Well yes, the choice of a location is always crucial and has a big impact. I think it’s even more important if you write Magical Realism than other genres. The big masters I’ve read a long time go were all firmly grounded in their home country, if I remember correctly . . . like  Gabriel Garcia Marquez . . . with ‘One hundred years of solitude’ in Colombia, Isabel Allende with her ‘House of Spirits’ in Chile, and an African author I really liked, Amos Tutuola, in Nigeria. I think it was essential for their success and, following the philosophy I pursue in my story about ‘The Immortal Life of Piu Piu’, the place where we are born has a significant impact on our lives, as we are shaped and conditioned by our environment. Grace, Pippa’s African mother in my story, explains this at some stage.

Did you ever ask yourself WHY you were born where you were born? WHY does that matter? What was specific to that – looking back?

In that sense, and with hindsight, I sometimes wonder why I chose a place in the middle of nowhere, between three portals to infinity: the Atlantic Ocean, the Namib Desert and the Milky Way? And – after spending almost 30 years in Europe and travelling all over the world – I’ve just returned to that same spot again!

Was I looking for a hidden meaning?

Well, besides growing up with an acute awareness . . . that of being enveloped by a subtle web of energies – the energy of water, of earth and of air – that place definitely determined three things I can think of immediately:

1. the notion of being a tiny spark of energy, a little piece of Consciousness that matters . .  that really matters! – within a limitless magnificent whole;
2. a sense of belonging and interconnection with all beings and dimensions; and
3. the absolute need for cooperation and communication between us all – as we’re all on a journey together.

So the place where I was born and grew up played a role in who I became, and so does the place where I live. It is what I know, it is where I belong, it is a small village called Noordhoek at the Western Cape coast of South Africa. The idyllic Noordhoek valley hugs the mountain ranges below Chapman’s Peak – mountains that stretch from Cape Town and its emblemic Table Mountain, all the way down to Cape Point, with the crystal seas of the Atlantic Ocean washing white beaches and crashing against steep shores. The region was declared a Natural World Heritage site in 2004 – ‘A unique setting in a unique place’, says the Elder in my book.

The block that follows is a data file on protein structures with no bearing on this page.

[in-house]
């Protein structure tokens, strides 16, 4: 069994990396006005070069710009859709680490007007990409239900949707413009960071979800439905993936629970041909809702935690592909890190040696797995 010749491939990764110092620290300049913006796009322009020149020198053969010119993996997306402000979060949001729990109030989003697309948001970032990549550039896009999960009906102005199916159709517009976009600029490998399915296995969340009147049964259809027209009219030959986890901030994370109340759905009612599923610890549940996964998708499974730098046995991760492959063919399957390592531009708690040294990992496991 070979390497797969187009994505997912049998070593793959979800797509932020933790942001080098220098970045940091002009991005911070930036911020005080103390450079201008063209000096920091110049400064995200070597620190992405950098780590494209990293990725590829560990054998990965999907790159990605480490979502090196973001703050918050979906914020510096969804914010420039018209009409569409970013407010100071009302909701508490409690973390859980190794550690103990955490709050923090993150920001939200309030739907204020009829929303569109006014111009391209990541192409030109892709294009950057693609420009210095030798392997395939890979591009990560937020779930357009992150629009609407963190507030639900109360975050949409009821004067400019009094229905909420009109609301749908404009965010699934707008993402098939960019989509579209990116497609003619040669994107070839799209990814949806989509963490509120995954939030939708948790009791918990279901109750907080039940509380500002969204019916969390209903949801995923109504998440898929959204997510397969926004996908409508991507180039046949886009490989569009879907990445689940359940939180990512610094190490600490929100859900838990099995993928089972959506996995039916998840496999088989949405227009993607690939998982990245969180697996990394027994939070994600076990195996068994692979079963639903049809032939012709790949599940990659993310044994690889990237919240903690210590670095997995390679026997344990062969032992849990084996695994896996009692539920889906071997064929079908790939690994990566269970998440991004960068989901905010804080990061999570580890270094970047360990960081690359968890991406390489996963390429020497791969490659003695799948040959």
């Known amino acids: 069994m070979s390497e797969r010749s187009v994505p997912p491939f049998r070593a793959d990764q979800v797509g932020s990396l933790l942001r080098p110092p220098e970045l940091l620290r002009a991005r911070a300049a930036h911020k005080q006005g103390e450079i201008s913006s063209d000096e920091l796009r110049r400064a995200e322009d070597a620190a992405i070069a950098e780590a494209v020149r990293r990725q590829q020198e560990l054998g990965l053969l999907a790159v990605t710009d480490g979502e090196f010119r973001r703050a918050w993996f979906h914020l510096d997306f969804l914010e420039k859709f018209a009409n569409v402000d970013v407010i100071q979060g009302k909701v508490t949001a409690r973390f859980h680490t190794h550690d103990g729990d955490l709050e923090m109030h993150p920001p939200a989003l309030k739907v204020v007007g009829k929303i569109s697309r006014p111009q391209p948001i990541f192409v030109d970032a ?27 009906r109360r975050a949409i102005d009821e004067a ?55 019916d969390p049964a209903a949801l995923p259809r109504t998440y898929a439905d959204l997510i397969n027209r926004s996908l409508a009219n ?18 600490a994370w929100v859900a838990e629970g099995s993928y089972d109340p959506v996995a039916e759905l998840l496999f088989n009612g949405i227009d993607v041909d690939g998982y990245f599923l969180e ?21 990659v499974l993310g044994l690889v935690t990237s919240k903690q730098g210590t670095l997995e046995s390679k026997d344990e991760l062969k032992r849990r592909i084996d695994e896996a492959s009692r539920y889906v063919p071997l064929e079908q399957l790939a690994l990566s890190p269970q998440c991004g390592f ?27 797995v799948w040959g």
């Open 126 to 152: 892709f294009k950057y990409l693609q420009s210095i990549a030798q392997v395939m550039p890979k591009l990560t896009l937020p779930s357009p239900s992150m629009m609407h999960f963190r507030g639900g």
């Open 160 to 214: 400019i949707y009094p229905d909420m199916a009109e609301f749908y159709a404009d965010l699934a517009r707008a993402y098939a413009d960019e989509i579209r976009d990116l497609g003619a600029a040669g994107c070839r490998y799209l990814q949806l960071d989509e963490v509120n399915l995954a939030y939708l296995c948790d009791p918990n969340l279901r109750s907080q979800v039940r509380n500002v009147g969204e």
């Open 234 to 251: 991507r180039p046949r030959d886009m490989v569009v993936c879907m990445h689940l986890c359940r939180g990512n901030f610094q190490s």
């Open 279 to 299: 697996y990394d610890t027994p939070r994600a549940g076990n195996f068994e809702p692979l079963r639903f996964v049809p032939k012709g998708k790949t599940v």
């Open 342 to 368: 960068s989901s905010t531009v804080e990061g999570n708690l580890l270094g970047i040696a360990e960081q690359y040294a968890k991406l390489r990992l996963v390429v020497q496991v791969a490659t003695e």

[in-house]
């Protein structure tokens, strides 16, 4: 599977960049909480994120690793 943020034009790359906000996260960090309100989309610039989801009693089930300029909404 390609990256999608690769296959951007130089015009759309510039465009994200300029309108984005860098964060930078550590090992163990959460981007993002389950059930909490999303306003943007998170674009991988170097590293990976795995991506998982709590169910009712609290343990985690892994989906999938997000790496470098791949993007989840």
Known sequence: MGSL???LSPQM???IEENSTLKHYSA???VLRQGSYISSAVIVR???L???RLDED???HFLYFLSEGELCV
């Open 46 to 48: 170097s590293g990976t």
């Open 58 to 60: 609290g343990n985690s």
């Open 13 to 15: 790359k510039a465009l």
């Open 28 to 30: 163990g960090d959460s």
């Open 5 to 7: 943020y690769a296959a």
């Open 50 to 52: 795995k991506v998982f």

What else is so special about Noordhoek – in the context of this story?

Nature! Be it in terms of animal wildlife or the many endemic plants, Nature plays a significant role in my story. In fact, Pippa, the young female protagonist, is so obsessed with protecting . . . preserving . . . even eternalizing it . . . that in her attempts to get back to her own roots and find solutions, she frequently experiences two realistic scenarios simultaneously. Situations that are – according to our linear understanding of time – more than two-hundred years apart! She is highly aware at all times; she’s not in a dreamlike or trancelike state at all. Everything is REAL – but MAGIC is the golden bridge that connects those different planes of reality, and allows her to dance between worlds . . . which is the title of the series.

While I knew Chapman’s Peak as a kid, Noordhoek wasn’t even on the map. Over the past decade, it has become an ‘in-place’ where jet-setting homo sapiens of all cultures, colors and beliefs have replaced the wild antelope… and the occasional lynx… that came down every night to the local watering holes. But not everything has changed. Whales still get their babies in the bay, the fish eagle’s distinct cry echoes across the valley, and porcupines, mongoose, Cape cobras as well as the Western Leopard Toad – just to name a few – abound in the valley – and in my story – each adding their simple, natural flavor to the daily MAGIC that makes the REAL world so worth living here!

That’s why I chose Noordhoek! 

In its own mysterious way, Noordhoek is a magical place where different worlds co-exist as one reality.